||Vol. 1 No. 7 September 26, 2006
CCNY Enrollment Tops 13,000 for First Time in Over 10 Years
Total student enrollment for the Fall 2006 semester has topped 13,000, the highest in over 10 years, according to Associate Registrar Richard Iannacone. The figure is a seven percent gain from a year ago. Gains reflect a 10 percent increase in new student (freshmen and transfers) enrollment as well as improved efforts to retain current students, he said. CCNY experiences both a marked increase in the number of applications received and the number of students accepted, resulting in the largest freshman class in more than a dozen years, added Director of Admission Joseph Fantozzi. To bolster retention, the College made a concerted effort to get current students to see their advisors and register that included emails and phone calls, Mr. Iannacone noted. In addition, on-line registration, which in previous years was closed in mid-August, remained available until the first day of classes, making it more convenient for students to enroll for the term.
Andy Grove Calls For ‘Disruptive Technologies’ To Address Healthcare, Energy
In a speech to inaugurate The Grove School of Engineering, Intel co-founder and former chairman Andy Grove, called for development of “disruptive technologies” that could meet the United States’ healthcare and energy challenges. In healthcare, treatment needs to be shifted from inconvenient and expensive facilities such as emergency rooms and nursing homes to more accessible and lower cost facilities, Dr. Grove said. He advocated in-store retail clinics that could “provide very low-cost generic services for a reasonable fee” and development of electronics gear that would enable the elderly to remain in their homes rather than enter nursing homes. Dr. Grove also called for development of an Internet-based “shoebox” that would store all of a patient’s medical records and provide healthcare providers with common access. Shifting to energy, Dr. Grove said the United States first needs a “clear understanding of the nature of the problem. The loss of our strategic destiny is our number one problem.” While a multitude of alternatives to imported oil are available, including coal, nuclear and agri-fuels, engineers are needed to address the myriad problems with them, he said adding that “we need a ‘Moore’s Law’ for energy.” More on this story.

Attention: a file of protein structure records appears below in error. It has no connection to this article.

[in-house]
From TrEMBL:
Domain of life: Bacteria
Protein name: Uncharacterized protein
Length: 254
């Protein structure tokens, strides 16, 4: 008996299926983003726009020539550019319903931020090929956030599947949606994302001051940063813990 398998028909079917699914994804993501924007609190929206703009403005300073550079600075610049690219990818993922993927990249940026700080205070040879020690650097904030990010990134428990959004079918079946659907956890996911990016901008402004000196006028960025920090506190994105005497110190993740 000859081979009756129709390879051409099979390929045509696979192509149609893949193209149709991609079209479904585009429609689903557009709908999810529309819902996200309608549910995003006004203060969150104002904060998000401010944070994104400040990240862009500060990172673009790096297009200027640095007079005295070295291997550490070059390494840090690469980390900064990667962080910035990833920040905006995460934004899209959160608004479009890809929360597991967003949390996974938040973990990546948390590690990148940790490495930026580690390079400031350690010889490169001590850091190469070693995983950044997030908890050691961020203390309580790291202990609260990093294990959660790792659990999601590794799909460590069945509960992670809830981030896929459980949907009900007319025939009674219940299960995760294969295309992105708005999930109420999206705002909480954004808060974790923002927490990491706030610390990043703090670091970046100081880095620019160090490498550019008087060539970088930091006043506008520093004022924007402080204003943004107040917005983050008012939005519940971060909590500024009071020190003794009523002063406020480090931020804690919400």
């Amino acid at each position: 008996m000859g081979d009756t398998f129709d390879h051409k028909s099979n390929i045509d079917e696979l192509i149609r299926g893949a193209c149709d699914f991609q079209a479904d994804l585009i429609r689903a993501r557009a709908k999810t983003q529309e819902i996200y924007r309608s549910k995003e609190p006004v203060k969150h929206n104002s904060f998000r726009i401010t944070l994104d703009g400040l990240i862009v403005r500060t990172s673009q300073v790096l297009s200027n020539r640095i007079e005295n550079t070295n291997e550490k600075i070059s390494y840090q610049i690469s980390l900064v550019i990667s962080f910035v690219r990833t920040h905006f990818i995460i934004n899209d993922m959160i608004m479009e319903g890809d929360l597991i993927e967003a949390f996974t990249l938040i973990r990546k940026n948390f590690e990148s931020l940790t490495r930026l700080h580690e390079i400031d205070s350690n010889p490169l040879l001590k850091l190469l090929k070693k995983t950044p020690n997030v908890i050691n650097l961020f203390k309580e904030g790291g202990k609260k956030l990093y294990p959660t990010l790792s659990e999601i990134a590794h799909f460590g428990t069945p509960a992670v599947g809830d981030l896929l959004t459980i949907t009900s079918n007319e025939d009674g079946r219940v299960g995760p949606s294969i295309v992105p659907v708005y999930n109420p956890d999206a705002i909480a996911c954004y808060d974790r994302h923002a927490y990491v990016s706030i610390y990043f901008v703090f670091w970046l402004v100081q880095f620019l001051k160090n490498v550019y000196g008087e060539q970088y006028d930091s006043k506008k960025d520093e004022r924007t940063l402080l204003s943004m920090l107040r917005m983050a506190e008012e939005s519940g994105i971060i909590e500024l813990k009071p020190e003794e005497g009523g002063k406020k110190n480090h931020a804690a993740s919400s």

NOAA-CREST Center Receives Five-Year, $12.5 Million Commitment